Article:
The community members who donate are offered time and space to talk with the El Faro team members so they can explain their work.

Cristina Algarra, who is responsible for El Faro’s offline activities, told the Knight Center that one of the essential elements of the #ExcavaciónCiudadana project is that it helps to "generate a community." "What we are looking for is a community that supports the work of El Faro, that helps us sustain the media outlet,” she explained.

The most ambitious task Algarra coordinates during the year is the Central American Journalism Forum (ForoCAP), which will celebrate its eighth edition this year from May 14 to 19. The annual event, which is organized in the city of San Salvador and has activities in a couple cities in the interior, has three basic objectives, according to Algarra.

The first is the specialized training of journalists through workshops, conferences with international guests and themed meetings.

The second objective is to "generate spaces for dialogue and debate with citizens," Algarra said. This is one of El Faro’s challenges: "to reach new people" and do it through innovative formats. One of these “innovative formats” is the Data Art exhibition, which turns data journalism into works of art. The project arose at the beginning of 2017 as a collaboration between El Faro and the Luis Poma Theater in San Salvador based on the piece “Brecha” by data journalist and artist Daniel Villatoro. “Brecha,” or Gap, shows four watches that reflect labor inequality between men and women, and the indigenous and non-indigenous populations in Guatemala.

Data Art, which mixes journalism with the works of artists of all kinds, is an continuously-growing exhibition that focuses on issues such as violence, disappearances, rape of minors or inequality. In addition to being present at ForoCAP, the project has traveled to different countries in Latin America such as Costa Rica, Honduras and Brazil, as well as El Salvador.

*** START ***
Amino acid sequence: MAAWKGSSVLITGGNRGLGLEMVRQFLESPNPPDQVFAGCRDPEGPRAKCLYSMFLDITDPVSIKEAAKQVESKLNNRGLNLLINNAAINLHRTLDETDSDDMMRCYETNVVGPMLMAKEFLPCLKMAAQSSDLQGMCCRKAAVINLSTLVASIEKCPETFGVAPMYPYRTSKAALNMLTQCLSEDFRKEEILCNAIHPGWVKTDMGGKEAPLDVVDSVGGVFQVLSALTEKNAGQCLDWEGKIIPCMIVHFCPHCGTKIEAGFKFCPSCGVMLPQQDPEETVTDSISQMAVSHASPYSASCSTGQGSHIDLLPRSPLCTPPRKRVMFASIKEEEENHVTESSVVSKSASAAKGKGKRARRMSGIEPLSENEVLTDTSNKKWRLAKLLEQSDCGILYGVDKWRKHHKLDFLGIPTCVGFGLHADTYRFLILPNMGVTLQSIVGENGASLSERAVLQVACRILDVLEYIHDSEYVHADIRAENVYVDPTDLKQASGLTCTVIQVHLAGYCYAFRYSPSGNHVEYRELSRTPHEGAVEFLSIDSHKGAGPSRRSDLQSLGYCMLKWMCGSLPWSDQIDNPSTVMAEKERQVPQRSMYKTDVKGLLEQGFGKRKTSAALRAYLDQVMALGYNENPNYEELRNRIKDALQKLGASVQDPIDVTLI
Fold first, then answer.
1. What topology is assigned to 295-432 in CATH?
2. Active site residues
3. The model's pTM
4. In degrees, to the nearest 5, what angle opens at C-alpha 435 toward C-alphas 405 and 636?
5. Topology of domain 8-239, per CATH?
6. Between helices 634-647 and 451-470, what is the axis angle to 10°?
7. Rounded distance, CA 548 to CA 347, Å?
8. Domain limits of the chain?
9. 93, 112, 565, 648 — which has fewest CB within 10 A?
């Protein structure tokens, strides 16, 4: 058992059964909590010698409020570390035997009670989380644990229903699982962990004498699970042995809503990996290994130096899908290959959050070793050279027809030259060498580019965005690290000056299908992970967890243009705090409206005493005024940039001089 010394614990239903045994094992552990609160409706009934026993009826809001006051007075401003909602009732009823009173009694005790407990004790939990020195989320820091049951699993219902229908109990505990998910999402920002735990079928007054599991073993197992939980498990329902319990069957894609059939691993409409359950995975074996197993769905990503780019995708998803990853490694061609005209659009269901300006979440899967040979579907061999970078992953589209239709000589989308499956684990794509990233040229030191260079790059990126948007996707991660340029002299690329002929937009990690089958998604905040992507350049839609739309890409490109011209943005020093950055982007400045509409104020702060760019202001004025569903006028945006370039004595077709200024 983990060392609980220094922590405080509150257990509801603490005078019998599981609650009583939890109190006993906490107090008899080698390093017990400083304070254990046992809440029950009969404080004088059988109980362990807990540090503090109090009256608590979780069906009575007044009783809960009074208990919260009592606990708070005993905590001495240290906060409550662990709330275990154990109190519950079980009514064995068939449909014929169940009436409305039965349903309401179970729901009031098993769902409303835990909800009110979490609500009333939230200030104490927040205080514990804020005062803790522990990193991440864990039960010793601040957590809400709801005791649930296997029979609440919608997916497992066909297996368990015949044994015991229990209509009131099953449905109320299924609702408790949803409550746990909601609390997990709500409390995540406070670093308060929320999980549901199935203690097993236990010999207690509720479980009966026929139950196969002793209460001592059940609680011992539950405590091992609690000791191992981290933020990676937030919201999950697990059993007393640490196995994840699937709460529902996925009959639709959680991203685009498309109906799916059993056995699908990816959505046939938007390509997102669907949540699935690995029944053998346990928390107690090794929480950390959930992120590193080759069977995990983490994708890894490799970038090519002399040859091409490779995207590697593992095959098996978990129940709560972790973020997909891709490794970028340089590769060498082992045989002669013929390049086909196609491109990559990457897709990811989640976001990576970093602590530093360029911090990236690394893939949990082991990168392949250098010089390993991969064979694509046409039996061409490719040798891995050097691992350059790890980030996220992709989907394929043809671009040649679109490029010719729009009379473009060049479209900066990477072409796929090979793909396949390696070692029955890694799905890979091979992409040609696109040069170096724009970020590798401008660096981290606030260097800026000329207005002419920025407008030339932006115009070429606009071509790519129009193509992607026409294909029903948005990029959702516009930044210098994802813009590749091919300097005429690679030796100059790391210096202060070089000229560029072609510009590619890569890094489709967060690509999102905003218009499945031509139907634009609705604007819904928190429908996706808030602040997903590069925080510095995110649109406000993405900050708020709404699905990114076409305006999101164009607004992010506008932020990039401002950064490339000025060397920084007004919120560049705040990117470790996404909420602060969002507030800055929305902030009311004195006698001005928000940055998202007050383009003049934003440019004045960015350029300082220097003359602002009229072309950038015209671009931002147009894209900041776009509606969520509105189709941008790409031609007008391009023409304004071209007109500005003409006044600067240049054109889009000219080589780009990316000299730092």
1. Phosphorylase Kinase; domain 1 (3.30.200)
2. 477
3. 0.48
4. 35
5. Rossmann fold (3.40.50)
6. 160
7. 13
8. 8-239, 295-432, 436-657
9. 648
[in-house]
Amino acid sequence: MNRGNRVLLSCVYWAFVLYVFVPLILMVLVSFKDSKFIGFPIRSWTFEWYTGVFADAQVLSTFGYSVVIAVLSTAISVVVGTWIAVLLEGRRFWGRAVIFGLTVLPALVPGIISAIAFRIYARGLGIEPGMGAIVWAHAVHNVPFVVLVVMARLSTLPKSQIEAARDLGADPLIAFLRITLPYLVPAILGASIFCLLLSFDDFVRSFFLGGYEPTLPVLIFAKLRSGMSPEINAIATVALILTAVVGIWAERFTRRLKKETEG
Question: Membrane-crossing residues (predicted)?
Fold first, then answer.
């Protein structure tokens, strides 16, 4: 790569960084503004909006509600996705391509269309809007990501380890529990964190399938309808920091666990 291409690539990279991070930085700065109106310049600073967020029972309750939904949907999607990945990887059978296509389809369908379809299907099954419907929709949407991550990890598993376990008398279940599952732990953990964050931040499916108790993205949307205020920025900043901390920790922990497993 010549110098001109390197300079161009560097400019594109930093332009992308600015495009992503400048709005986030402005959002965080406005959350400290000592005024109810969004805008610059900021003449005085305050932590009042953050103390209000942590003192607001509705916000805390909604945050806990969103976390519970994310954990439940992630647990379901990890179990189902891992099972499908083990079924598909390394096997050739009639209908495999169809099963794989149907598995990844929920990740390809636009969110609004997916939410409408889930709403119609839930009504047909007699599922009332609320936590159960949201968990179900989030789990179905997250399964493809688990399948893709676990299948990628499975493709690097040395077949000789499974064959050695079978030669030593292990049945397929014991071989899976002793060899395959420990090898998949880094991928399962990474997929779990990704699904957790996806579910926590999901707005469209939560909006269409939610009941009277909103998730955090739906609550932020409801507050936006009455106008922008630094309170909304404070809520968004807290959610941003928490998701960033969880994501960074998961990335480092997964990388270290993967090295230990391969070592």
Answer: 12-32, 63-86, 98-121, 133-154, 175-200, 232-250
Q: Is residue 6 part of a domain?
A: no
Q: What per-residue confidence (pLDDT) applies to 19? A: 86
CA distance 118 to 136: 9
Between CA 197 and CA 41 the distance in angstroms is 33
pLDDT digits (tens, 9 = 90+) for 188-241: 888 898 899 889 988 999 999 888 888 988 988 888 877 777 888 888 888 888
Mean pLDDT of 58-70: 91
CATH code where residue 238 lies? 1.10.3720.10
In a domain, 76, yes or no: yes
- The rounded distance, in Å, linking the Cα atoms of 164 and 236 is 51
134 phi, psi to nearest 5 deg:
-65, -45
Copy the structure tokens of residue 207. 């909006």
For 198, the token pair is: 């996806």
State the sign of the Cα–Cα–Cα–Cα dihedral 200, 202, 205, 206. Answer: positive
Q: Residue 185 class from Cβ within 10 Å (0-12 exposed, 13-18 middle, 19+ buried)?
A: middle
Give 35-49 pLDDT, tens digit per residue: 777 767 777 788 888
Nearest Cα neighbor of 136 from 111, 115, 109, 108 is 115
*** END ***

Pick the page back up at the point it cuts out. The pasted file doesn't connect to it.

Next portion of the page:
And finally, ForoCAP also aims to train readers, who are invited to participate in workshops, conferences, round tables and similar activities.

Last year, more than 3,000 people participated in the different ForoCAP events, some of which are held in collaboration with various universities in the country.

Plans for the future

What can we expect from El Faro in the immediate future? According to its director, there are plans to expand the topics and geographic locations they cover.

"The level of demand that we have from Salvadoran society and readers is very high," Sanz said, adding this implies that some issues not covered before must now be part of the media’s offerings. "The thematic range has been growing year after year," the director explained.

Currently the site covers ten thematic areas: politics, migration, gangs, violence, transparency, organized crime, inequality, impunity, culture and historical memory. The team’s intention is to expand these areas with topics such as economic or financial power.

On the other hand Sanz said the site is launching a permanent project to cover Honduras and also wants to expand its coverage of Guatemala. "Presence throughout Central America is part of El Faro’s DNA," Sanz said.

Additionally, the site also wants to have "a more regular presence in the United States" with the objective of "understanding and serving Central Americans who are in the United States," Sanz said. It’s something that until now "no Central American media has achieved or taken seriously," he added. According to Sanz, "this is a very complex issue, because we are talking about a very heterogeneous population, different generations geographically dispersed, of different status and living conditions, but I think that is the challenge for the Central American media, especially Salvadorans."